75. Invisible

This is the second of a handful of posts about the animals of Lembeh Strait, in Indonesia. (The first was this one.) The animal above is a transparent anemone shrimp, Ancylomenes holthuisi (although it used to have the lovelier genus name Periclimenes, and some guides still use it). During my time at Lembeh I became increasingly entranced by these animals, in large part because of their near-invisibility, but also for their behavior. This post will feature a couple of short videos of these animals, along with more photos.

This is also the first post on this site for a while, as I spent the last couple of months finishing a book that follows up Other Minds. With that manuscript sent off, I will return to writing more regularly here. Readership of this site – and of others like it, as I understand the situation – has dropped off markedly over the past year. This has been partly due to the victory of the shortest of short-form media, Twitter and Instagram, but I note also that books are doing quite well at the moment, and I am also seeing more long-form journalism. That is encouraging, even if the “blog,” the format between them, is entering history. Despite this, I have some ideas to work through and this is a good place for them. Today, though, not too many words. Here is a first video. I think this is Ancyclomenes venustus, the Graceful Anemone Shrimp.

The most interesting behaviors there are the shrimp-anemone interactions. The shrimp does a rapid sideways double-wave – something these animals do a lot. It settles back, and the anemone, for no obvious reason, soon starts to nudge, probe, and fuss with the shrimp. This is a reminder that the anemone is a pretty complicated animal, too, not merely a plant-like setting for the shrimp.

In the second video, the anemone is more relaxed. The shrimp does some feeding in the middle of a gentle anemone hug.

Laura Bagge, of the University of Florida, has peered more closely arthropod invisibility than most. She has a couple of papers that describe mechanisms that work along with overall transparency to further suppress the visibility of the animals. I am starting to work my way through them. Here is one, and here is a good popular piece. Another paper describes how exertion tends to make the animals cloudy, hence more visible. We might see a little of that in this photo:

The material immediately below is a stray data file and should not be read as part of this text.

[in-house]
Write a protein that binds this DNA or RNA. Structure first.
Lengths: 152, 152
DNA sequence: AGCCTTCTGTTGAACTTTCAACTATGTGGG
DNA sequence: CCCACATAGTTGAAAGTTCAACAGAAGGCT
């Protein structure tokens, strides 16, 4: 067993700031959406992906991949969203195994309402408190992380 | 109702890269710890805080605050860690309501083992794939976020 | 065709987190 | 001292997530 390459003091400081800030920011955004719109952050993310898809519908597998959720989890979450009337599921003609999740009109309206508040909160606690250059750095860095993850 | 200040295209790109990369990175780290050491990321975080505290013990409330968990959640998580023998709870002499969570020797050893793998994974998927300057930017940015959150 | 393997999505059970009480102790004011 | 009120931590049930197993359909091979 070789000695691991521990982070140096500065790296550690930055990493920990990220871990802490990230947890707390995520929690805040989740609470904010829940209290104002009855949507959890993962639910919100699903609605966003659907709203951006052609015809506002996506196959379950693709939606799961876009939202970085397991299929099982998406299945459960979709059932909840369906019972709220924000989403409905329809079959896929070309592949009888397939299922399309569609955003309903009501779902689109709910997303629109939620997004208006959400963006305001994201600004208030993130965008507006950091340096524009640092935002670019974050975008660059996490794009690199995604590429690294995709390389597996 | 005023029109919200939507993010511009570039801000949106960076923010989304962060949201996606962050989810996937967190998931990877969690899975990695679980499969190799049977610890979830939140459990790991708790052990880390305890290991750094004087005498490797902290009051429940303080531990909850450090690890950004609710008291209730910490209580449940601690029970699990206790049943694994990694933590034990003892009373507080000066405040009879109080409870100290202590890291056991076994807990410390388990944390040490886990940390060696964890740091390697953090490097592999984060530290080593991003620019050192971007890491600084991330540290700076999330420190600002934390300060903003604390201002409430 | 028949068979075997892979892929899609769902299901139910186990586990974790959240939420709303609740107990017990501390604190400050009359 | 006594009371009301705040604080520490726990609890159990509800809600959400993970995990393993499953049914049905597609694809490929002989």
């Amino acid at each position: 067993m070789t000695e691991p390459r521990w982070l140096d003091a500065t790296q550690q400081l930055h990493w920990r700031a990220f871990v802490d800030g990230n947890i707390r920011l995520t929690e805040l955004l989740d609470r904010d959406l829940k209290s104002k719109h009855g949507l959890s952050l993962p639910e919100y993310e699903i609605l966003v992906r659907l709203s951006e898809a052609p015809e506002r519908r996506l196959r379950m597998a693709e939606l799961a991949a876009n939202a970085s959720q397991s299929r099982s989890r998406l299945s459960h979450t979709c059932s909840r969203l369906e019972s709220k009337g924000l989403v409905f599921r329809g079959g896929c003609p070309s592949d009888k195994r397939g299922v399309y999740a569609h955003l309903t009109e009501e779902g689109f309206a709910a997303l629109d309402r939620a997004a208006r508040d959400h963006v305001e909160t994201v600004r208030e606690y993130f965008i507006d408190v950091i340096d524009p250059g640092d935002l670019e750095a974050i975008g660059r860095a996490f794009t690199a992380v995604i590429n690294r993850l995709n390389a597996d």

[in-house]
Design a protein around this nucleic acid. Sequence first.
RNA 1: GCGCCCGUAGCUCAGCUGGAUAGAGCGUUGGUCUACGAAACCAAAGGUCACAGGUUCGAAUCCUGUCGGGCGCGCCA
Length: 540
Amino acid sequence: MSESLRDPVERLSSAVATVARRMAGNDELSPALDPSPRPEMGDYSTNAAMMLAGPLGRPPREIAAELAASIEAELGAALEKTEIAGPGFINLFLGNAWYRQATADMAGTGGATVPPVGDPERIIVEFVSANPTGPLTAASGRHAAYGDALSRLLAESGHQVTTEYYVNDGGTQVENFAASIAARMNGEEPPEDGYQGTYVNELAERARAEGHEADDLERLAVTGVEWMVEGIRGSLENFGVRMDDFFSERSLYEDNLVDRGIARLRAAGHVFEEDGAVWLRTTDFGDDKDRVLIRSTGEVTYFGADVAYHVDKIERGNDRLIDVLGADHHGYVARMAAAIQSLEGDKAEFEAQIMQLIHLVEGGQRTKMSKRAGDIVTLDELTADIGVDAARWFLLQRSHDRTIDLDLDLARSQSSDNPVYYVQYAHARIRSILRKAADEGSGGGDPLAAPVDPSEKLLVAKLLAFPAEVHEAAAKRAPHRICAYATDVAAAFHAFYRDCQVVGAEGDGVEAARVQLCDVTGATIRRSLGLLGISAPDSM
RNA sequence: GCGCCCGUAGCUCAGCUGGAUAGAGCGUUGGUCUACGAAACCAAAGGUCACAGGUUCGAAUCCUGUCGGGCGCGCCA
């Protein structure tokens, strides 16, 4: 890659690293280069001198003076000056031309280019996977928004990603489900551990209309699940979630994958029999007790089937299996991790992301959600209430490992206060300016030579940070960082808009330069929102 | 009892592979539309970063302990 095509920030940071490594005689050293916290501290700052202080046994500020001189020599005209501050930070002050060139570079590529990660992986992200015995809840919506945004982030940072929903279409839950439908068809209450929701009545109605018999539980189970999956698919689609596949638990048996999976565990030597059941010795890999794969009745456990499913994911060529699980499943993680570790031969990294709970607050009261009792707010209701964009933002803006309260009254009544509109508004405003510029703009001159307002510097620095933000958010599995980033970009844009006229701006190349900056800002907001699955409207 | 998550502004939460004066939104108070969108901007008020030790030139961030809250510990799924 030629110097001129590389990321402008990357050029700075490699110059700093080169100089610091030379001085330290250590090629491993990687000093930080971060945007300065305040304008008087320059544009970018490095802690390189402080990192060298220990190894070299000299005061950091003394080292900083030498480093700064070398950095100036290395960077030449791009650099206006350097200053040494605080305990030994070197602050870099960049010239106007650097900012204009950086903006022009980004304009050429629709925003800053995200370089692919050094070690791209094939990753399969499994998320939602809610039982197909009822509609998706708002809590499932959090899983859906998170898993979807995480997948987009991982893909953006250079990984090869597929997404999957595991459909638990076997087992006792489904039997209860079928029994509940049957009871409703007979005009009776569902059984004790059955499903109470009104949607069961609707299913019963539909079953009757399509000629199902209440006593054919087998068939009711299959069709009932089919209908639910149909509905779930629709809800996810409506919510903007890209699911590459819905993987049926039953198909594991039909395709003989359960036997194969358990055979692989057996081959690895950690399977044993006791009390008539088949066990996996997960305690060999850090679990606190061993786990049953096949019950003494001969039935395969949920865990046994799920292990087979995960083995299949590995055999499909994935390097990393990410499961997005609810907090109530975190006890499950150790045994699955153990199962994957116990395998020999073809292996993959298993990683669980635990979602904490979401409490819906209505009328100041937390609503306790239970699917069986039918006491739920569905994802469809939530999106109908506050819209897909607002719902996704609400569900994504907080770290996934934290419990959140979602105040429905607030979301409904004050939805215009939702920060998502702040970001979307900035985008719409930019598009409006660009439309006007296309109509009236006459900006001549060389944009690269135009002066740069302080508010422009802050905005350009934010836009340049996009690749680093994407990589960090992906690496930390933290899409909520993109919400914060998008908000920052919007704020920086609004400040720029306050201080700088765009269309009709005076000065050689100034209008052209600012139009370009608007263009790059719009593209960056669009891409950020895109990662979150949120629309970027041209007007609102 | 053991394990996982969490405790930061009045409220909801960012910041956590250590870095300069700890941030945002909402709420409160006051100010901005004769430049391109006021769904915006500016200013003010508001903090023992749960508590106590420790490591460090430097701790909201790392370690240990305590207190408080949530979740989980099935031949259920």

A couple of entirely visible animals can conclude the Lembeh arthropod posts. I think this is a Zanzibar Whip Coral Shrimp.

And this crystalline beast peering over a soft coral is a Candy Crab.*

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* Scientific names:

Zanzibar Whip Coral Shrimp: Dasycaris zanzibarica

Candy Crab: Hoplophrys oatesi.

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5 Responses to 75. Invisible

  1. Dominic says:

    I am reminded of Wallace looking at the pristine waters in Amboyna –
    “the clearness of the water afforded me one of the most astonishing and beautiful sights I have ever beheld. The bottom was absolutely hidden by a continuous series of corals, sponges, actiniæ, and other marine productions, of magnificent dimensions, varied forms, and brilliant colours. … It was a sight to gaze at for hours, and no description can do justice to its surpassing beauty and interest.”
    http://wallace-online.org/content/frameset?pageseq=1&itemID=S715.1&viewtype=text

    Thanks for sharing this over the years, even if you do decide to draw a line. You kindly signed a copy of ‘Darwinian populations’ for me after the Imre Lakatos lecture in the LSE some years ago!

  2. Teresa says:

    Thanks for this! I’m glad I signed up for the notifications. I am reluctant to get deep into twitter and FB mostly brings me down, so it’s a “novel” (something old is new again!) experience to click and read something I am actually interested in and leaves me better informed (cloudy from exertion?? cool!). I love the photos but the videos really let you get to know the animal a little bit. “Hold me while I feed my face.” <— a clear illustration I am a product of the times and can't resist tweet-speaking your content inside your own blog.

  3. Doug says:

    12 thumbs up for the long form blog with outgoing notifications to readers that something’s been posted. Facebook/Twitter/Instagram are way to twitchy for the kind of information you post. FB, especially, makes it difficult to find new posts that get buried in a complex feed. I appreciate that you post the way you do. If you decide you don’t want to maintain a blog, perhaps Quillette or Quanta Magazine might be options. In any case, thank you for putting this information out in public.

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